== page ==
In June 2003, Thomas Lubanga welcomed members of the international press to his headquarters in Bunia, in the northeast part of the Democratic Republic of Congo. Mr. Lubanga, whose militia was called the Union of Congolese Patriots, had shed his fatigues. He wore a dark suit, white shirt, and blue tie, and was clean-shaven – looking more like a bureaucrat than a warlord.
But outside, heavily armed militiamen patrolled the compound. One guard in a florescent orange shirt, machine gun in hand, looked like a boy.
But Lubanga denied his troops included children. "We have never used children militarily in our army," Lubanga said. "But child soldiers who are now here have been trained by Uganda. When the UPC was absent from Bunia, Uganda gave guns to children.... I have signed a decree that they will be disarmed."
Lubanga spoke in French, the language of the DRC's educated elite, saying his only goal was peace and justice for the people of Ituri, a region rich with gold and soaked in blood.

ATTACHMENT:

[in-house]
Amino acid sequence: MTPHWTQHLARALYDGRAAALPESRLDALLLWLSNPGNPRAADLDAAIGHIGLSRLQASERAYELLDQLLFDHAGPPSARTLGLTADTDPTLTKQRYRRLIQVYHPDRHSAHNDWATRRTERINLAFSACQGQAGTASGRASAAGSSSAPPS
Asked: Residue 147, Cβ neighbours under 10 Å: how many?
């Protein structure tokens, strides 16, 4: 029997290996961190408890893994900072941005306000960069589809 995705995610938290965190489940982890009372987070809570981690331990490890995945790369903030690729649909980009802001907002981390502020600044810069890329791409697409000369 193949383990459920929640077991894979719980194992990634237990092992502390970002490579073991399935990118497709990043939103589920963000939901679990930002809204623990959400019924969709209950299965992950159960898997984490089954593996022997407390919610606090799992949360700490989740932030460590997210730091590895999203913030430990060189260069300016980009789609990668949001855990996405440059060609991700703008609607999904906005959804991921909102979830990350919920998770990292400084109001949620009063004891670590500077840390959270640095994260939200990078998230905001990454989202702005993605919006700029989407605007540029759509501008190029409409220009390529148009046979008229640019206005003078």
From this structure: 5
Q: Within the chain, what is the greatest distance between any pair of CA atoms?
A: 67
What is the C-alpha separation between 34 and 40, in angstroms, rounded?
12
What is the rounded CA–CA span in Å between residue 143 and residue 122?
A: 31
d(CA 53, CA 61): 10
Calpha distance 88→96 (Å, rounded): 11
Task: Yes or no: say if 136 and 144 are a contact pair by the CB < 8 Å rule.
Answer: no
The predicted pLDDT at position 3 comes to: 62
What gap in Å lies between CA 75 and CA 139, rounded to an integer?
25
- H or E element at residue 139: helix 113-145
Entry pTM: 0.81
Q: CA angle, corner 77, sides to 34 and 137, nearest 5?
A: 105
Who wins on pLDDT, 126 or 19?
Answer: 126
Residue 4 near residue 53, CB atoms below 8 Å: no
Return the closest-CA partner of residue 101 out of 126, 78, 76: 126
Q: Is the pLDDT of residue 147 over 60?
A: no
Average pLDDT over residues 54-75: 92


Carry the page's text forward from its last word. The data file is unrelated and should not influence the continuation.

At the time, most of the country's major warring factions had signed a peace deal, but in Ituri, the civil war raged on.
He said he could not disarm as there was no one else to protect the people of the region, particularly his own Hema ethnic group who, he said, were victims of ethnic cleansing by the rival Lendu ethnic group. "There is no reason for us to disarm our soldiers," he said. "Disarmament should rather concern the people who caused the tragedy in Bunia."
He was a man of peace, he assured us, who had studied to be a priest and had a university degree in psychology.
"My mother," he said, "weeps for the heaviness of my responsibility."